Radiation Therapy alone


Surgery is the principal treatment for anal intraepithelial neoplasia extensive tumors that have destroyed the competence of the anal sphincters or fistulized into the vagina. These patients may be managed by APR with postoperative CRT, using drug schedules similar to those for primary treatment and radiation doses of about 45 Gy in 5 weeks. S →CRT colostomy → CRT→immediate or delayed resectionSerious postradiation morbidity may require surgical management,



Local excision small well-differentiated squamous cell cancers that have not invaded the sphincter muscles and are located distal to the dentate line pararectal or superior hemorrhoidal system lymph node metastases were associated with <5% of well-differentiated squamous cell cancers <2 cm in size .Excision of small cancers, especially of the distal canal and anal verge, is more expedient and generally associated with less morbidity than radiation-based treatments.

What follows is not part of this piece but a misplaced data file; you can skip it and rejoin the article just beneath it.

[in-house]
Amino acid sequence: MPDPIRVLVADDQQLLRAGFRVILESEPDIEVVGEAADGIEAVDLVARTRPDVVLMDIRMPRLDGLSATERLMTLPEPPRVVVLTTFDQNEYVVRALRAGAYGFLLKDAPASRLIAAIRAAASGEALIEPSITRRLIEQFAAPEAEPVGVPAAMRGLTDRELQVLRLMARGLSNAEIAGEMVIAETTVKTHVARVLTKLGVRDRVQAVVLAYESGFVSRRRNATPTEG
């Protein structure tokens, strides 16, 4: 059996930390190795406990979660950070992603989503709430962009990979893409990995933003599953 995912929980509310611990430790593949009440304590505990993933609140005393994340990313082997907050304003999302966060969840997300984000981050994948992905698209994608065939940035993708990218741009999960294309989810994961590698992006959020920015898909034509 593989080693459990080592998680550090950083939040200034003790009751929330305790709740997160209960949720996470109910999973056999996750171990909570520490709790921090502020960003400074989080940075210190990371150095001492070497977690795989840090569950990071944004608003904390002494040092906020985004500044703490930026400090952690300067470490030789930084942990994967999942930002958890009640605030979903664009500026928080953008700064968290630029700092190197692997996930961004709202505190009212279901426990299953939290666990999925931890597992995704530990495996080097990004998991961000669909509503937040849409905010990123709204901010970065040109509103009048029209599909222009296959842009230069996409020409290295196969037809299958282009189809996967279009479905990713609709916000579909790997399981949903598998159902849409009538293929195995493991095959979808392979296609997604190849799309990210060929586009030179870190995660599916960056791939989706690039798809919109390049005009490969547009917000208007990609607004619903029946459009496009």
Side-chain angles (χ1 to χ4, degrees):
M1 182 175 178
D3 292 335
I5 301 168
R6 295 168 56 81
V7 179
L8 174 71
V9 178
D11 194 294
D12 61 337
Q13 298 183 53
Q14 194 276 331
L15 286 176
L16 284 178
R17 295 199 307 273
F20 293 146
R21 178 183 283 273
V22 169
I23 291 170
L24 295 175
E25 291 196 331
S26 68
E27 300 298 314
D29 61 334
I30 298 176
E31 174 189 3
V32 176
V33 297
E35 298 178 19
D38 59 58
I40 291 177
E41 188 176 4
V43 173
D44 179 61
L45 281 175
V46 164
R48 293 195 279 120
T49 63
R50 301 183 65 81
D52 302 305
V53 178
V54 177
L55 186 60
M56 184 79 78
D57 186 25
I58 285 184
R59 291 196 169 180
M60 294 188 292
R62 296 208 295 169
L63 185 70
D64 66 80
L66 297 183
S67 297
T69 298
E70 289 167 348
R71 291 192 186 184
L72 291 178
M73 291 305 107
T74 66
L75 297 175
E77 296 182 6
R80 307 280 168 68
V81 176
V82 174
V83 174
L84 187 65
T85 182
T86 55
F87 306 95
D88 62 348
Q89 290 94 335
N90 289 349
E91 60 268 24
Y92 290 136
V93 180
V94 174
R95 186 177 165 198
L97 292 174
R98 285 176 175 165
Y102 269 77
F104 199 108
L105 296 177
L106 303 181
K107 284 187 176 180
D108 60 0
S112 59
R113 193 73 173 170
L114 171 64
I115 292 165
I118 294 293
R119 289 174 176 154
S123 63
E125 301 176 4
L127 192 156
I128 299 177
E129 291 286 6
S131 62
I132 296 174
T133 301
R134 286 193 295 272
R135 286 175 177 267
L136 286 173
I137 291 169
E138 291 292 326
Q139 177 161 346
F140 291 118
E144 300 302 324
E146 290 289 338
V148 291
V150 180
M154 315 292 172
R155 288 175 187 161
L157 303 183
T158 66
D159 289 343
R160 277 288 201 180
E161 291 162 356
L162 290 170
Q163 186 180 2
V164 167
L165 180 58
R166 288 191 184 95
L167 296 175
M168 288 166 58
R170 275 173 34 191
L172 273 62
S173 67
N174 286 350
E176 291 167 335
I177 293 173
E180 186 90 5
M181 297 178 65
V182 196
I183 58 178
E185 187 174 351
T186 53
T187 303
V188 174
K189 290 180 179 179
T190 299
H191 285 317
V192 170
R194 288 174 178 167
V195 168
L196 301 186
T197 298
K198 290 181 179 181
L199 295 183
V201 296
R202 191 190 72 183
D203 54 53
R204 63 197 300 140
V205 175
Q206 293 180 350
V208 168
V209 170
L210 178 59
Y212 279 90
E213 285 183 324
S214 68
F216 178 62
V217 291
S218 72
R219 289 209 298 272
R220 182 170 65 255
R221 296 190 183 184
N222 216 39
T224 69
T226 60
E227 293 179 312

Local excision


The most common histologic type of invasive cancer of the perianal skin is SCC. BCC and adenocarcinomasWide local excision with a 1-cm margin for all histologic types.Radiation alone or in combination with chemotherapy is also effective ,but may produce symptomatic long-term skin changes. Radiation-based protocols identical to those for anal canal cancer are preferred when anal continence would be impaired by surgery.

Perianal Cancer


Perirectal and pelvic node metastases are uncommon unless the cancer involves the anal canal extensively The risk of inguinal node metastases is about 10%, primarily with category T3 or T4 tumors or poorly differentiated cancers.

perianal cancer


Elective bilateral inguinal nodal irradiation T3 or T4 tumors poorly differentiated cancersRT for abnormal inguinal nodes :similar to that for anal canal cancerRT for pelvic nodes: if the anal canal is invaded.

Rt lymph node ( perianal cancer)


The principles of management for the uncommon basal cell and adenocarcinomas of the perianal skin are similar to those for these histological types elsewhere on the skin.